Certain skin inflammatory markers and microbial dysbiosis are present before atopic dermatitis presents in children with family history of allergic disease, according to study results presented at the 2023 Annual Meeting of the American Academy of Dermatology (AAD), held from March 17 to 21, 2023, in New Orleans, Louisiana.
After children develop atopic dermatitis, a chronic inflammatory skin disorder, they can develop other allergic disorders such as food allergy, asthma, and allergic rhinitis. Family history of allergic disease is a risk factor for atopic dermatitis in children.
For the study, researchers categorized children into 3 groups: healthy without family history of allergic disease (n=29), healthy with family history of allergic disease (n=101), and diagnosed with atopic dermatitis (n=30). All study participants were White and aged 3 to 48 months. The researchers used noninvasive skin surface measures and collected swabs for 15 biomarkers among the children.
Based on parent report, 11 healthy children with family history of allergic disease were diagnosed with atopic dermatitis within 1 year of the measurements. The researchers noted that the 11 children who developed atopic dermatitis had both microbial dysbiosis and increased concentrations of certain skin inflammatory markers before disease onset. Patients with lesional skin at baseline had higher inflammatory cytokine concentrations, high Staphylococcus aureus, higher transepidermal water loss rates, and reduced skin surface hydration.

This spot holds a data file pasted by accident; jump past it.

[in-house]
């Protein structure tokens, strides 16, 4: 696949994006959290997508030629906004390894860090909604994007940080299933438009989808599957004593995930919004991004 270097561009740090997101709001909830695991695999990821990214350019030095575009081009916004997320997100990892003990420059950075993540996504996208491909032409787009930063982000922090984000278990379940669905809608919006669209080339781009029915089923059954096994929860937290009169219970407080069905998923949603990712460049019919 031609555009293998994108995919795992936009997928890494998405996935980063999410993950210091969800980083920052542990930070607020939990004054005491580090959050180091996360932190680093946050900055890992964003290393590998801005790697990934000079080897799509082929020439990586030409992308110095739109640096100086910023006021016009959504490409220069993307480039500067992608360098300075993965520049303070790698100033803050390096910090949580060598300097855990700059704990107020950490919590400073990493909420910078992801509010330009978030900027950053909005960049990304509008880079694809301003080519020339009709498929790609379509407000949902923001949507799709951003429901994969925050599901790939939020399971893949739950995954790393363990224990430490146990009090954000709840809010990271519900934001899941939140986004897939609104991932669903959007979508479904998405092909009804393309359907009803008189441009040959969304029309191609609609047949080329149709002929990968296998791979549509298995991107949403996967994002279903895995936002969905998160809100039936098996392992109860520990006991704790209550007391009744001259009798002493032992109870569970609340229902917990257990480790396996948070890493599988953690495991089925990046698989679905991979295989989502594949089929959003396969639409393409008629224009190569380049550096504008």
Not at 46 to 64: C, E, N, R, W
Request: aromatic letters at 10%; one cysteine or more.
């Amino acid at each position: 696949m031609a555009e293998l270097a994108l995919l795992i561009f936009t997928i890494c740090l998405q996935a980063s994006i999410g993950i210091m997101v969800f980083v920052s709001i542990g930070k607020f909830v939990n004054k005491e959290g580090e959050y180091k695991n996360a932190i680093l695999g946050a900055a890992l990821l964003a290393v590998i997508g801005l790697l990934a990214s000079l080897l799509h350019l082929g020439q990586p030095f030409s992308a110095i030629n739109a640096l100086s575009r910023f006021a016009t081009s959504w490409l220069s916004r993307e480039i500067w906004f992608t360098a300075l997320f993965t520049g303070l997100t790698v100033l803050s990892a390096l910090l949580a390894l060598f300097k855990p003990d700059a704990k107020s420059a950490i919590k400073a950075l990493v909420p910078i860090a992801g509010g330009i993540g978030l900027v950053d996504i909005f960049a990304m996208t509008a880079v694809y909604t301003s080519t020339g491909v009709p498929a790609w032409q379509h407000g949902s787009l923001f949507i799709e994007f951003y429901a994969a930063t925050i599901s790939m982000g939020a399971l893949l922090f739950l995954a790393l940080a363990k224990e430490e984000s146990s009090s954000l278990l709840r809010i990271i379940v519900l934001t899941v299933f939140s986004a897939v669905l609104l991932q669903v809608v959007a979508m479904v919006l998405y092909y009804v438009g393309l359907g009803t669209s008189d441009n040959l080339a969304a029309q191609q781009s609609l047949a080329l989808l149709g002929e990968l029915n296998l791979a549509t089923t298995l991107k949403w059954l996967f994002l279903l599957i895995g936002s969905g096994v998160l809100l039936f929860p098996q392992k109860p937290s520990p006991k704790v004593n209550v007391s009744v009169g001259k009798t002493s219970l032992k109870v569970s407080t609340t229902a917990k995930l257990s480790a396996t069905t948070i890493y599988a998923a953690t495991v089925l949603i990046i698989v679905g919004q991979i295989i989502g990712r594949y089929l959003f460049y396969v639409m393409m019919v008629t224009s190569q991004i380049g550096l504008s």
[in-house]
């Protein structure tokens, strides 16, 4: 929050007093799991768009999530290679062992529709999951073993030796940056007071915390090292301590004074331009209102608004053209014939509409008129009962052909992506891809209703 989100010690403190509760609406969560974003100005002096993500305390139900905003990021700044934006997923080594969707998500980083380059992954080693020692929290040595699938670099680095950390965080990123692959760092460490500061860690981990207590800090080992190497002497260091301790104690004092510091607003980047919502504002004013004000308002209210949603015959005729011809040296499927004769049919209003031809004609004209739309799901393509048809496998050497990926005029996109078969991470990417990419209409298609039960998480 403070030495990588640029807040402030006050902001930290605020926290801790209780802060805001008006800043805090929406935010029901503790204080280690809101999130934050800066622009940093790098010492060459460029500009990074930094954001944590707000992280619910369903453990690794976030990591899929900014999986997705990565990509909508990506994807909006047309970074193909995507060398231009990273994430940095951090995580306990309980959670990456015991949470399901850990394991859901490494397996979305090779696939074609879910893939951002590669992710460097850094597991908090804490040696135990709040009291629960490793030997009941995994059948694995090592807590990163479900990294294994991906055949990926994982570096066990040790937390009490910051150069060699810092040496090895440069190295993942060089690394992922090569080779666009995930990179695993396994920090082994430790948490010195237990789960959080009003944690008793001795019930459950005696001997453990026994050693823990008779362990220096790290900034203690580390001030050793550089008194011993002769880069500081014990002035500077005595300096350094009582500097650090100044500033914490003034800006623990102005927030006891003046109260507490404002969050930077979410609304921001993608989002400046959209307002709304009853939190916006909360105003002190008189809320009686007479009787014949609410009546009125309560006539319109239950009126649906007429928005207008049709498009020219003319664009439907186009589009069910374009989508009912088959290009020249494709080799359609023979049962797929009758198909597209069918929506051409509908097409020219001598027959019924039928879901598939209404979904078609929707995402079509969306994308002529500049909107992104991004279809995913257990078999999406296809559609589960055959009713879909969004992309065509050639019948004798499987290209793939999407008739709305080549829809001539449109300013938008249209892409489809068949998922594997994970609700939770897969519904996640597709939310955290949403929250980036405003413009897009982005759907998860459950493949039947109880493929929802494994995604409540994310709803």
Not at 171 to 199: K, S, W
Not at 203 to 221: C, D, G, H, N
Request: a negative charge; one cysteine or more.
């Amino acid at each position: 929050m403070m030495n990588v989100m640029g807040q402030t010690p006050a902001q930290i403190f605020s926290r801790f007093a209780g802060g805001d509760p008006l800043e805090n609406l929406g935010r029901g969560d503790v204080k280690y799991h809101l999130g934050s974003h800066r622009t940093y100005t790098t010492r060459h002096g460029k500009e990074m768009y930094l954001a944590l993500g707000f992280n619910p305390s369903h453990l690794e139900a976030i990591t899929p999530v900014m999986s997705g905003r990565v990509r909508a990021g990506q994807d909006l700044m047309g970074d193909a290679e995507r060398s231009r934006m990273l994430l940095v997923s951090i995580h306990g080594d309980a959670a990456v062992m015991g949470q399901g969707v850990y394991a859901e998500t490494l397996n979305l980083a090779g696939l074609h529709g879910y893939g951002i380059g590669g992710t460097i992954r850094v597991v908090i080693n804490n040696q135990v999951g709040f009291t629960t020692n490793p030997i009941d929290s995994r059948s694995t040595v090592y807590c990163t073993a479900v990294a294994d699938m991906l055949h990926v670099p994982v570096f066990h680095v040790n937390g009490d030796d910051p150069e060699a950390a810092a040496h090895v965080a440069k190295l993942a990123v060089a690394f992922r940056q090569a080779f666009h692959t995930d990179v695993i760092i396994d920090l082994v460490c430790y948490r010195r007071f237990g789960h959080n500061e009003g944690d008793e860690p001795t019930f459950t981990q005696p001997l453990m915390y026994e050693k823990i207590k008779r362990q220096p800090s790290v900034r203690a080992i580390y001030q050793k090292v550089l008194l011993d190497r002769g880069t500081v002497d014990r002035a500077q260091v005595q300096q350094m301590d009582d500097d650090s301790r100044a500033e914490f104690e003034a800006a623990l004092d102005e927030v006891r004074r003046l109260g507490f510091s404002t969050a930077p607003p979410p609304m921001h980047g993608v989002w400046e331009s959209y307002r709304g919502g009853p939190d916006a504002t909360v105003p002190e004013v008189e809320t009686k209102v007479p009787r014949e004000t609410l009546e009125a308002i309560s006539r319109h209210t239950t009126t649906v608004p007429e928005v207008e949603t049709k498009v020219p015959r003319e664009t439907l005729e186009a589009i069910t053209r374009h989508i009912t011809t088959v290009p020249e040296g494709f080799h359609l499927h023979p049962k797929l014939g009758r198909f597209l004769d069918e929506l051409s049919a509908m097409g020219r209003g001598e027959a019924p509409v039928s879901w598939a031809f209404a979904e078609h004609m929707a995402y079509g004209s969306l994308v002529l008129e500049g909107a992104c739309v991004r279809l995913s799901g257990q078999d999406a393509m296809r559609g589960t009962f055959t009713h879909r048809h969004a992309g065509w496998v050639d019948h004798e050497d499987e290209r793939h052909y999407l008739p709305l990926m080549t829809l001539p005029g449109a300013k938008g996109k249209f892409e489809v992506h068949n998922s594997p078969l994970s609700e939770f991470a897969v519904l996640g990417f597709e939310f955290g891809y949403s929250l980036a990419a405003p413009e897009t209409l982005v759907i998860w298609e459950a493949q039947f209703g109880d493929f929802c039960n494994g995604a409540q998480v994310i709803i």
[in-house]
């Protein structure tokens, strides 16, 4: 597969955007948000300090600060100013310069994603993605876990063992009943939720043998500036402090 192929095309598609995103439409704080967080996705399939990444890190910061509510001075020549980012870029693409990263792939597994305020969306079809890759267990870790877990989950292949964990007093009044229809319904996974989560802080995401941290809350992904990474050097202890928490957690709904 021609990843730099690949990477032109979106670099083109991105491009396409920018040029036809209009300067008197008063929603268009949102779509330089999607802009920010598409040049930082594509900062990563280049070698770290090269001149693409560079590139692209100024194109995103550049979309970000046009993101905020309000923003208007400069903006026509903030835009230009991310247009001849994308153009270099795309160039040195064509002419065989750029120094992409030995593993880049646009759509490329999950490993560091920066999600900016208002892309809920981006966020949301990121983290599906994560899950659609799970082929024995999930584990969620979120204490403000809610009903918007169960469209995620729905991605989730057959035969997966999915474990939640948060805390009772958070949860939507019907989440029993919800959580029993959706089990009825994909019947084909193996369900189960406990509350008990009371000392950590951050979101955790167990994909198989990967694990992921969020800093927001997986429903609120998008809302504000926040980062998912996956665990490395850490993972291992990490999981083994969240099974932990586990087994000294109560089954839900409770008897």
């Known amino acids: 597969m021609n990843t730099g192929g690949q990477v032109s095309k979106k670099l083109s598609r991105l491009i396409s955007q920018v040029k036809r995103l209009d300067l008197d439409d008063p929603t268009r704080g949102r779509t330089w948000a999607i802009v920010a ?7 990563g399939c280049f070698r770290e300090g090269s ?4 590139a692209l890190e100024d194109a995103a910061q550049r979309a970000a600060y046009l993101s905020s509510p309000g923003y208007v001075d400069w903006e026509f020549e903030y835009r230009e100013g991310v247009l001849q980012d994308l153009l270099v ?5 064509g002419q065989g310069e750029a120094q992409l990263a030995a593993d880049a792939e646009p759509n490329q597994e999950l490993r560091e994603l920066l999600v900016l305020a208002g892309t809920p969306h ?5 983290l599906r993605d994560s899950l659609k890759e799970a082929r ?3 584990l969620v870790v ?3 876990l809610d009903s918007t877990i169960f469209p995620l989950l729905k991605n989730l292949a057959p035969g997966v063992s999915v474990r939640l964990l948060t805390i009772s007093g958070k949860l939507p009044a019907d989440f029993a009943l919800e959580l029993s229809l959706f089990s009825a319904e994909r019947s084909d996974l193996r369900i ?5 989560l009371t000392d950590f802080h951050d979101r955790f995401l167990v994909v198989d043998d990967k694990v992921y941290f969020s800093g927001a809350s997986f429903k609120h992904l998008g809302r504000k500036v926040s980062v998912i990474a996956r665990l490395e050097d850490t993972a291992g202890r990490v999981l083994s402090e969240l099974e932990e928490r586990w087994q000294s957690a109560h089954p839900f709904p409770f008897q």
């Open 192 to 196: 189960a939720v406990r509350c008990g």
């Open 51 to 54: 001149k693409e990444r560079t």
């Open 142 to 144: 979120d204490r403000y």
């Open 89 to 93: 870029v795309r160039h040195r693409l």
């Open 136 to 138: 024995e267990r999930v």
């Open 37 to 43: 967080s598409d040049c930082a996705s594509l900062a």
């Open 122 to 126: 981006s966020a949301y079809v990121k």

Skin assessment of healthy children identified atopic dermatitis lesions but was not able to facilitate prediction. Elastic Net (EN), Support Vector Machine (SVM), Random Forest (RF), and XGBoost (XGB) were trained on atopic dermatitis-lesional tissue vs healthy low-risk and predicting converters vs nonconverters. Overall, the 14 immune markers had higher expression in atopic dermatitis-lesional skin compared with healthy low-risk participants.
“Taken together, these findings demonstrate for the first time that certain skin inflammatory markers are upregulated before the onset of [atopic dermatitis] and have the potential to be used prognostically,” the researchers wrote.
Disclosure: This research was supported by Janssen Research & Development and Johnson & Johnson Santé Beauté France. Please see the original reference for a full list of disclosures.
Insel R, Sato T, Nikolovski J, Gould R, Lboukili I, Stamatas GN. Early skin surface biomarkers associated with risk susceptibility to atopic dermatitis in children with family history of allergic disease. Presented at: American Academy of Dermatology (AAD) 2023 Annual Meeting; March 17-21, 2023. Poster 41991.